As the country processes Republican nominee Donald Trump having won the presidential election, one of the main questions remaining is what a Trump administration will mean for women’s health.
Trump’s policy proposals thus far have not been incredibly detailed, but what we do know does not necessarily bode well for many American women.
As Jennifer Gunter, MD, an ob/gyn and writer, summarized on Twitter last night:
Trump will defund Planned Parenthood
— Jennifer Gunter (@DrJenGunter) November 9, 2016
If Trump wins, forget your health insurance if you have a pre existing condition
— Jennifer Gunter (@DrJenGunter) November 9, 2016
Trump has called for the repeal of the Affordable Care Act (ACA), the defining legislative measure of the Obama administration, which expanded health insurance coverage for millions of Americans. Since the implementation of the Affordable Care Act, the Centers for Disease Control (CDC), reports that the uninsured rate in the United States has dropped from 18 percent to 11 percent. According to the Kaiser Family Foundation, women are less likely than men to receive insurance coverage from their employers — which means, as a result, ACA was particularly effective in guaranteeing more women, and young women especially, access to affordable health care. Low income women, women of color, and immigrant women are also more likely to be uninsured, meaning that these demographics also all benefited from the implementation of the ACA. Likewise, single mothers, for whom budgets are often already tight, are more likely to be uninsured than mothers in two-parent households. Millions of American women who would have otherwise been denied access to health coverage because of circumstance or cost were able to get it under the ACA.
In addition to mandating insurance coverage for anyone not covered by an employer health plan, Medicare, Medicaid, or other public insurance program, the ACA also made it illegal for insurance companies to deny coverage due to preexisting conditions. It also saw the implementation of a series of “essential health benefits” required to be covered in all insurance plans, including maternity and newborn care and additional preventive care and screenings covered in full, with no co-pay or out-of-pocket expense, including cancer screenings, well-woman annual exams, Pap smears, and contraception.
Young people in particular have benefitted from the implementation of the ACA. As Jen Mishory, executive director of Young Invincibles, a group that organizes millennials on social issues like labor and health policy, explains to Yahoo Beauty: “In the past six years, 3.5 million young people gained coverage on [online insurance] marketplaces, most with discounts, and 5.5 million young people stayed on their parents’ plan. Millions have enrolled in Medicaid, young women can access free birth control and can’t get charged more for coverage than men, and the 15 percent of young people with chronic conditions can’t get denied coverage due to their illness. Young Invincibles remains dedicated to fighting for the ACA’s right and benefits. Those looking to repeal the law will need to answer to the millions of millennials and other Americans who would lose access to coverage.”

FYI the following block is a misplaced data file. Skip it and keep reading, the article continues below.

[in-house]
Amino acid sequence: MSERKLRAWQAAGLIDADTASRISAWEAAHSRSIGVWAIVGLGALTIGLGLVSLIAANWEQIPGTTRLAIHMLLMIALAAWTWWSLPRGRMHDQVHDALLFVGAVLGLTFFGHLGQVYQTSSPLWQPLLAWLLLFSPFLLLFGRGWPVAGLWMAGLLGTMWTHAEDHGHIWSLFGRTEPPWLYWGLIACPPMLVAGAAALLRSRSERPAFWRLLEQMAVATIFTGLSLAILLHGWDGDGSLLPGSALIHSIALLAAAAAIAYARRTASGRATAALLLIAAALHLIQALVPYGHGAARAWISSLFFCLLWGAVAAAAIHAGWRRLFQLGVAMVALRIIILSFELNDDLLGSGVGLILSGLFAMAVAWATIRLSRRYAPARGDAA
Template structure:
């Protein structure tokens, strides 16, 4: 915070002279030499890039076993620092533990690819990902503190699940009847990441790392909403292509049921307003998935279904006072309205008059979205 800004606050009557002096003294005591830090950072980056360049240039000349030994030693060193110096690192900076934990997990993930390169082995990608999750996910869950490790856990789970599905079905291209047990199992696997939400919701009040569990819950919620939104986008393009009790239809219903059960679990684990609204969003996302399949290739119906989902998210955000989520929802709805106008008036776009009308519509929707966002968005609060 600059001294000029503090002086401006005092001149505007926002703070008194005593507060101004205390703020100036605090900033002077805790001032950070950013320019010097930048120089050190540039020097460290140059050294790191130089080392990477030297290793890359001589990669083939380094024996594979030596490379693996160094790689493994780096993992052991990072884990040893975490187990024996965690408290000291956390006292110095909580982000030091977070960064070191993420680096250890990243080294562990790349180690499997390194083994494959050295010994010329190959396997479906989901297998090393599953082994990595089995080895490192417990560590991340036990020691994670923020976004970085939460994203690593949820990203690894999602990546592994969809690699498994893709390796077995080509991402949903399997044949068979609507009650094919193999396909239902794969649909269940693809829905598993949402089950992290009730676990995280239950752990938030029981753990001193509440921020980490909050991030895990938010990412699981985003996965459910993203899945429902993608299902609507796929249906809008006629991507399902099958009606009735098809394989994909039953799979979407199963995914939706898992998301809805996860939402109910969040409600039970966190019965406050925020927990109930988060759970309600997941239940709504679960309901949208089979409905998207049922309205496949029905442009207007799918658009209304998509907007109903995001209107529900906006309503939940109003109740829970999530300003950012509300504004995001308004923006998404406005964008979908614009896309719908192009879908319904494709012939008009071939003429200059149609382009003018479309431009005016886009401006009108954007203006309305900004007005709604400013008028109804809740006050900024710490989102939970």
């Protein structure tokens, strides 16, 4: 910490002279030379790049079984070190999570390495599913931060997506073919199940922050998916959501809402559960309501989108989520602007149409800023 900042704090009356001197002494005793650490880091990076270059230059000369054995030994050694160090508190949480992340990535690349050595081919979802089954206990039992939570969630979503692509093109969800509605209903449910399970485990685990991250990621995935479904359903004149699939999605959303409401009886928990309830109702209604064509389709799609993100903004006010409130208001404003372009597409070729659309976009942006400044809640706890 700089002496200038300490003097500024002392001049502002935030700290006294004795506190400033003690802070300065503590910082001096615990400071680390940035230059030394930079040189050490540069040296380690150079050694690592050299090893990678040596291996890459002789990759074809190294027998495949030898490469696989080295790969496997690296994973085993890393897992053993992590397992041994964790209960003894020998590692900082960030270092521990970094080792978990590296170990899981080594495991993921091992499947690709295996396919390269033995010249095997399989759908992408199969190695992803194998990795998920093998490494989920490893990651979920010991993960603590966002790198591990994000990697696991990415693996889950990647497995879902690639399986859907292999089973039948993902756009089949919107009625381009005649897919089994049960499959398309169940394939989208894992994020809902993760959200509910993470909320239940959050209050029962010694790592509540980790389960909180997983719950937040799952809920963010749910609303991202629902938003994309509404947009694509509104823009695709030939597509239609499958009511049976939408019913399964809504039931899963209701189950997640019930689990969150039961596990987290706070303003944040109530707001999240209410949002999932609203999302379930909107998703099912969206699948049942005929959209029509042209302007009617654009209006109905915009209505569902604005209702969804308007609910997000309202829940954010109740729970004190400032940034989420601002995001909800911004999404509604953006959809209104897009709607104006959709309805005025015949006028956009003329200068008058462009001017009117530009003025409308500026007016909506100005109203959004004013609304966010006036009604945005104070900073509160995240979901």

According to the National Women’s Law Center, 55 million American women gained access to no-cost contraception as a result of the ACA, resulting in a savings to women of $1.4 billion on birth control pills alone in 2013. Because of the ACA, more women used their insurance to get birth control — which meant that more women were able to achieve greater economic security through both the cost savings it afforded to them and the ability to be able to control their fertility, and thus pursue their education and career as desired.
In other words, the repeal of the Affordable Care Act would also mean the repeal of these benefits for women, and the financial and physical autonomy that things like no-cost contraception provide.
The other issue pertaining to women’s health under the upcoming Trump administration is abortion access. Trump has voiced his desire to see Roe v. Wade, the Supreme Court ruling that guarantees the constitutional right to safe and legal abortion care, overturned, and has released a list of anti-abortion judges who would be almost certain to overturn this ruling should abortion access face a legal challenge that found its way to the highest court.
And such a change in the legal status of abortion access in the United States would be a pretty stark contrast to what the majority of Americans say they want: 56 percent of Americans believe abortion should be legal in all or most cases.